HILLARY MEDICAL : "DEMENTIA; SEIZURES, BLACK-OUTS"
A devastating medical history regarding Hillary Clinton has been released on the social networking website Twitter and it says Hillary Clinton is suffering from "Dementia, Seizures, Blackouts" and more. She is medically unfit to be President of the United States. The tweet and its medical report appear below:
BREAKING: Hillary Clinton's health records leaked to public.
They show a very sick woman unfit to hold office.
See for yourself: (Click image to enlarge)
According to the Lou Ruvo Center for Brain Health, "Subcortical Vascular Dementia" is defined as follows:
Subcortical Vascular Dementia. Subcortical vascular dementia, also called Binswanger's disease, is caused by widespread, microscopic areas of damage to the brain resulting from the thickening and narrowing (atherosclerosis) of arteries that supply blood to the subcortical areas of the brain.
The medical definition above makes clear that Hillary's condition is also known as "Binswanger's disease (BD)." We checked with the National Institutes of Health (NIH) and they offer the following information:What is Binswanger's Disease?
Binswanger's disease (BD), also called subcortical vascular dementia, is a type of dementia caused by widespread, microscopic areas of damage to the deep layers of white matter in the brain. The damage is the result of the thickening and narrowing (atherosclerosis) of arteries that feed the subcortical areas of the brain. Atherosclerosis (commonly known as "hardening of the arteries") is a systemic process that affects blood vessels throughout the body. It begins late in the fourth decade of life and increases in severity with age. As the arteries become more and more narrowed, the blood supplied by those arteries decreases and brain tissue dies. A characteristic pattern of BD-damaged brain tissue can be seen with modern brain imaging techniques such as CT scans or magnetic resonance imaging (MRI). The symptoms associated with BD are related to the disruption of subcortical neural circuits that control what neuroscientists call executive cognitive functioning: short-term memory, organization, mood, the regulation of attention, the ability to act or make decisions, and appropriate behavior. The most characteristic feature of BD is psychomotor slowness - an increase in the length of time it takes, for example, for the fingers to turn the thought of a letter into the shape of a letter on a piece of paper. Other symptoms include forgetfulness (but not as severe as the forgetfulness of Alzheimer's disease), changes in speech, an unsteady gait, clumsiness or frequent falls, changes in personality or mood (most likely in the form of apathy, irritability, and depression), and urinary symptoms that aren't caused by urological disease. Brain imaging, which reveals the characteristic brain lesions of BD, is essential for a positive diagnosis.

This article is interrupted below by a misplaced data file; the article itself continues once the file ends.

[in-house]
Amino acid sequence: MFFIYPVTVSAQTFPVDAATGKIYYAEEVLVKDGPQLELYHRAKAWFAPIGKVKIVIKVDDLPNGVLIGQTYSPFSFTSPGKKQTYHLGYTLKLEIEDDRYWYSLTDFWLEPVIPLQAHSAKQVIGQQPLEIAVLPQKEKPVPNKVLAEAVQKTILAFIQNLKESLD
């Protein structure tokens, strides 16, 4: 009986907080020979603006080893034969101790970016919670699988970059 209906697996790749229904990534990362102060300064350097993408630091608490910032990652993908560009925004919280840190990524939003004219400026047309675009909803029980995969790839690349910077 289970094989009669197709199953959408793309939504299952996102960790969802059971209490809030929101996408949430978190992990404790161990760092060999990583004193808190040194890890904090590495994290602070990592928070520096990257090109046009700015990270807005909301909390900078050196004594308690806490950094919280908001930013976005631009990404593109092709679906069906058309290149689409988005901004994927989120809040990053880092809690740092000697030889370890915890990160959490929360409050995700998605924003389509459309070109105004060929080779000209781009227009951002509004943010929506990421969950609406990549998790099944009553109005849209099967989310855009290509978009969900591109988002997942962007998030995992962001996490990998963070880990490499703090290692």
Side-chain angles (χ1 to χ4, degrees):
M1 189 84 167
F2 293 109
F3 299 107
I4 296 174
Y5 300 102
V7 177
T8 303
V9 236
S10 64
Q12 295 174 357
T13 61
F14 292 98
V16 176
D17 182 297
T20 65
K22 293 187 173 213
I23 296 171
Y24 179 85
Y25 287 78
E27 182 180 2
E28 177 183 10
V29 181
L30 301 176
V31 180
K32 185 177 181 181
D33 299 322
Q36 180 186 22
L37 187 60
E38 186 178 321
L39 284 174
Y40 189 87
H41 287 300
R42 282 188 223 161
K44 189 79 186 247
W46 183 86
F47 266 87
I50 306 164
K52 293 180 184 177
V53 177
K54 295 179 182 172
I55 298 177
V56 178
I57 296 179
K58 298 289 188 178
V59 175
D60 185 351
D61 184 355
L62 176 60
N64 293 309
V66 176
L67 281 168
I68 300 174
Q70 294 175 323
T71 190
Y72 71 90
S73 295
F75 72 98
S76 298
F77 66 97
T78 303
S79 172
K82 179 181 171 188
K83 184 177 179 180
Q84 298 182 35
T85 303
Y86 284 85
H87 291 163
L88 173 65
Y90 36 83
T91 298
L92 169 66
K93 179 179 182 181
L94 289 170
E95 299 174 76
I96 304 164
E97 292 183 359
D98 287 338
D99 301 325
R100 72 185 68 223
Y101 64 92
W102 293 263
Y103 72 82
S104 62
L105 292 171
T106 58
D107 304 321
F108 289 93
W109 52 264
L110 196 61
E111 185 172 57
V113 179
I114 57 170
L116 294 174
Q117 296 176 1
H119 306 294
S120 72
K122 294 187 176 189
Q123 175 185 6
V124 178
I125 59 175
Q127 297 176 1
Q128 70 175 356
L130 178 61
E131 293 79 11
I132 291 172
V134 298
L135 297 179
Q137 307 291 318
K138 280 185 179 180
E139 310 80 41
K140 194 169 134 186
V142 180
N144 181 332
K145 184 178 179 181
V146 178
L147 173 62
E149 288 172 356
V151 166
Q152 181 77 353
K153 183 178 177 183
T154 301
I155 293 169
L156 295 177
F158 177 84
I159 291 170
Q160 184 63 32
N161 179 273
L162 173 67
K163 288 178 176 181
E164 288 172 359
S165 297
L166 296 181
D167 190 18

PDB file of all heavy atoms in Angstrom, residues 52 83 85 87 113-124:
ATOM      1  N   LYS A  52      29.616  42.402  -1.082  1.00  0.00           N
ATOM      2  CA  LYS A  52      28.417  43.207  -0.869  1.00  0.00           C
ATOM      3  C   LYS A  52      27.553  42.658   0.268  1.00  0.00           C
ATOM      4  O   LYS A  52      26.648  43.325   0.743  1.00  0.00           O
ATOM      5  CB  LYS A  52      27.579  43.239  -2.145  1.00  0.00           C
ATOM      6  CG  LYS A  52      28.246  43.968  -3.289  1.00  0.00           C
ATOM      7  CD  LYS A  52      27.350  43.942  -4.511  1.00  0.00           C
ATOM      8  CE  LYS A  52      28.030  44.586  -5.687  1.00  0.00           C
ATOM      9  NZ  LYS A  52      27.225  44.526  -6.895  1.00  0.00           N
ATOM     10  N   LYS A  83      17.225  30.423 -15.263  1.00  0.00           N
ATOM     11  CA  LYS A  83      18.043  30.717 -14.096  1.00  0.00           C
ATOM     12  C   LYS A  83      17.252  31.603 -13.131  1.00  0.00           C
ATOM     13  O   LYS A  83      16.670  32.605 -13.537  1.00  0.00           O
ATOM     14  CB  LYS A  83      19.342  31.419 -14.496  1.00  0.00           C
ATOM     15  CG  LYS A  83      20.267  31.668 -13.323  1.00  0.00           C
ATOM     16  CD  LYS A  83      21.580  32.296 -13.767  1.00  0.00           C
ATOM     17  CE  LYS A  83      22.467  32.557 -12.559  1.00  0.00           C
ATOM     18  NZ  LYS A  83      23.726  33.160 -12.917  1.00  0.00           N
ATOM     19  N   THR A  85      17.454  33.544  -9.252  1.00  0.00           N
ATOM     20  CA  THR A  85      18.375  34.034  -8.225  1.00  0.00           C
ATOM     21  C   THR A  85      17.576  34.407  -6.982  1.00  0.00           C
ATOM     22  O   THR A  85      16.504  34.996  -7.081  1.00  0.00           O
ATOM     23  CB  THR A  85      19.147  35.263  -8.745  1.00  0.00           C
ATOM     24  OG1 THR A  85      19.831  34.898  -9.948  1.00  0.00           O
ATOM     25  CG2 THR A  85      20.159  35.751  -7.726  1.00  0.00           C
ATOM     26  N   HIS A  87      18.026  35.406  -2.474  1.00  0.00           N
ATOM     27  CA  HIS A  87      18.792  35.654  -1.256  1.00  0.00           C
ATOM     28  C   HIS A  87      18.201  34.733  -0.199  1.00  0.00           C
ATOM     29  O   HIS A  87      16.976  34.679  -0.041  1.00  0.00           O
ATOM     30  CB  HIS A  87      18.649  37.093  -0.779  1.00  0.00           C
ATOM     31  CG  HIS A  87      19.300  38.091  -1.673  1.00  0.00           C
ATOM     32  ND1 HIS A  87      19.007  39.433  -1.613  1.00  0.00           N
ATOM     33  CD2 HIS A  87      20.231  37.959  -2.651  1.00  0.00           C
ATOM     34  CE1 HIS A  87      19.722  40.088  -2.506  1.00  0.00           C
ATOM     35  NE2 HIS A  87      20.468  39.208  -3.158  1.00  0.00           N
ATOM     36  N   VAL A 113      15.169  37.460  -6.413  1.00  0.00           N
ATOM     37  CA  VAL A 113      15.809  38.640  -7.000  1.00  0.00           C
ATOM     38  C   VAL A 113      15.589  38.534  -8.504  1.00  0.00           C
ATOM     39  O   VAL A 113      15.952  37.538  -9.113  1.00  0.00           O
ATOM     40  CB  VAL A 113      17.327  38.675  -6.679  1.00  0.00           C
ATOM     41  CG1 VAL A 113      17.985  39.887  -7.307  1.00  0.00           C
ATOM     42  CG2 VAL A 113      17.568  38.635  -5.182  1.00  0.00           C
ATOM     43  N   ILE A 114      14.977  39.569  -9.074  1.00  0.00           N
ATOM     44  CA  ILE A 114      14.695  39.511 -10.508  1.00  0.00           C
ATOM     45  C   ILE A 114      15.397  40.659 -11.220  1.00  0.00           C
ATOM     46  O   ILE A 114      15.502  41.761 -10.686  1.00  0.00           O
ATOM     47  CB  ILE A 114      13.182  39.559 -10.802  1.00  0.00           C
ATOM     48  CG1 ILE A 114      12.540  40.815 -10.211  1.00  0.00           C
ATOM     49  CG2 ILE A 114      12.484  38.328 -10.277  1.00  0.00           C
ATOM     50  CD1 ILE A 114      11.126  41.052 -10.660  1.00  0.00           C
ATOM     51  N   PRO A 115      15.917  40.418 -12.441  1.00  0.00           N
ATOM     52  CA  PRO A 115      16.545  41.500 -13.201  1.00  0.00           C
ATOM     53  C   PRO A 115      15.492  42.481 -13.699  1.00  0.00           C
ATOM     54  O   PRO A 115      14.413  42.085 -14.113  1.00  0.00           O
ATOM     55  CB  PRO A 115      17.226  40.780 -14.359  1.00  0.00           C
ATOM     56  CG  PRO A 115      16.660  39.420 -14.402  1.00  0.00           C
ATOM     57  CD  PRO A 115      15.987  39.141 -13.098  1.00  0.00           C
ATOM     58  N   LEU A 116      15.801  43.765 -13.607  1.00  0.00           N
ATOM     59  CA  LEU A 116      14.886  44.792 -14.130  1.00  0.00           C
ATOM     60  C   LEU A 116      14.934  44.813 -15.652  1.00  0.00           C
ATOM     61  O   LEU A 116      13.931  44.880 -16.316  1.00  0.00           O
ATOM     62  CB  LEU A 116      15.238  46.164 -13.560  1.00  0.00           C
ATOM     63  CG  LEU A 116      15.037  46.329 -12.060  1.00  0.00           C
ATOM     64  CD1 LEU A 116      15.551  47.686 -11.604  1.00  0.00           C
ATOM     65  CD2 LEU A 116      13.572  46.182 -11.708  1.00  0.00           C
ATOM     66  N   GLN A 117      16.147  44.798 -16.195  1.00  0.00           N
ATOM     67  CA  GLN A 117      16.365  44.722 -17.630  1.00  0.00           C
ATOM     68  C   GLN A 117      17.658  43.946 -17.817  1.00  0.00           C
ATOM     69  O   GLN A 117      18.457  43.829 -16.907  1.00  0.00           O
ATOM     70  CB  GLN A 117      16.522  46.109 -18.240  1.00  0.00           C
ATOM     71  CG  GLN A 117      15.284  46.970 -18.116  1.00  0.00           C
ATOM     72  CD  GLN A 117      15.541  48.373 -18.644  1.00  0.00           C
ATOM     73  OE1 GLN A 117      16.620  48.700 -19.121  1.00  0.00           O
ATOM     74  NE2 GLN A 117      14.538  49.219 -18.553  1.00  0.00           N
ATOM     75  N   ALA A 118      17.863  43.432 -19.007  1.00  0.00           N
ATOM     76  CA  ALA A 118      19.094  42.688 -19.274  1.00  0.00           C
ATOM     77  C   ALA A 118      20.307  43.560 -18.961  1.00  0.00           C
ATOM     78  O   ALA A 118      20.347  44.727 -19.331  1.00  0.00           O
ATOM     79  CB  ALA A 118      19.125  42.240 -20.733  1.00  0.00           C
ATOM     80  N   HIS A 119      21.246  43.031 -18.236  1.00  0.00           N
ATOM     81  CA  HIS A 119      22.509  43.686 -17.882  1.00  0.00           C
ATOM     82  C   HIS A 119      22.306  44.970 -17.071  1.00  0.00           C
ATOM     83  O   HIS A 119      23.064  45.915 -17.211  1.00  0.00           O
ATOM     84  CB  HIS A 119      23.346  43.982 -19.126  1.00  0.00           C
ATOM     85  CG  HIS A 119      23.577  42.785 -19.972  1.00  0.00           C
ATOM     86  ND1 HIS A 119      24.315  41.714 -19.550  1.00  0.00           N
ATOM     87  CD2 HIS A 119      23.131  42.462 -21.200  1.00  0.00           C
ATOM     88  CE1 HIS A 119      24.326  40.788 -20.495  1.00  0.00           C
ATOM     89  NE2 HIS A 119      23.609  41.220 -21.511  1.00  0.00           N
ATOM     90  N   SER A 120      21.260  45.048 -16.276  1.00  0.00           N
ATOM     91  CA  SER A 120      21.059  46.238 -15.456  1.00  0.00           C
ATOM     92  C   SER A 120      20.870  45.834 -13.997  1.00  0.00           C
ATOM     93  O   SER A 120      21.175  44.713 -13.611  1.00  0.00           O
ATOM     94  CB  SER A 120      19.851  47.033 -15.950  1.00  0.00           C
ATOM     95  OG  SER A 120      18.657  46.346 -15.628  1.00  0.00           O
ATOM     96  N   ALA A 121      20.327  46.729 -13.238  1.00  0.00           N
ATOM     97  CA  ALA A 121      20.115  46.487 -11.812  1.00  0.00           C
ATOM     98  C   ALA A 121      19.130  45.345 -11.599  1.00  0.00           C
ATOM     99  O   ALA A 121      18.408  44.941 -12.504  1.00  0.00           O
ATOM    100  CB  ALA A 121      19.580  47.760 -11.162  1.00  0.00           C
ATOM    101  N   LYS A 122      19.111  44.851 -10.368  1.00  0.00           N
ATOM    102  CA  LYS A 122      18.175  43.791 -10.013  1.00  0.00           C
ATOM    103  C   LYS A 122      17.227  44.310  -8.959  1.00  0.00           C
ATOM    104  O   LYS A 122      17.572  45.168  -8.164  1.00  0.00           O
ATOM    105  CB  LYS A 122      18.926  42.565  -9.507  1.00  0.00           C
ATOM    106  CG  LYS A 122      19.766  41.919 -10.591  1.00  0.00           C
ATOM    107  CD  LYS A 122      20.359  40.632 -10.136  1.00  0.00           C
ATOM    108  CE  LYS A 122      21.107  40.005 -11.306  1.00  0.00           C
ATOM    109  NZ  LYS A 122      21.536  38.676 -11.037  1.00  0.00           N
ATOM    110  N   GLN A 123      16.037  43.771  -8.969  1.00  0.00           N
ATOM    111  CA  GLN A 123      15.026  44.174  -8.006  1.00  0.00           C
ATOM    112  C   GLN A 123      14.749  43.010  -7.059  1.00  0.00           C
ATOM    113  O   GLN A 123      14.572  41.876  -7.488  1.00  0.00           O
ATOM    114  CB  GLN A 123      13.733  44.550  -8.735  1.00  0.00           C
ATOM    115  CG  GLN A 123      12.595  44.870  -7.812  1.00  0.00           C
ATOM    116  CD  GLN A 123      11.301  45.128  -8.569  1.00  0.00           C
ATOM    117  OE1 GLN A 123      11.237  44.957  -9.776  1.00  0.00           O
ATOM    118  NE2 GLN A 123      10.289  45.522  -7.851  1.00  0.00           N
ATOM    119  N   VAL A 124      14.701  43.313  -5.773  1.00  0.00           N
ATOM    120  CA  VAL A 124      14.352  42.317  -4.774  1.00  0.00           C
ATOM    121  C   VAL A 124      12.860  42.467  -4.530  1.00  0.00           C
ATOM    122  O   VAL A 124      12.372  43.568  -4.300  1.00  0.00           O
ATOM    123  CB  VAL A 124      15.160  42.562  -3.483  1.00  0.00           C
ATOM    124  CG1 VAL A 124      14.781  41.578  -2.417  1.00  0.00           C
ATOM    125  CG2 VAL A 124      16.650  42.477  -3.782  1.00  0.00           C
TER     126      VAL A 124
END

Is there any treatment?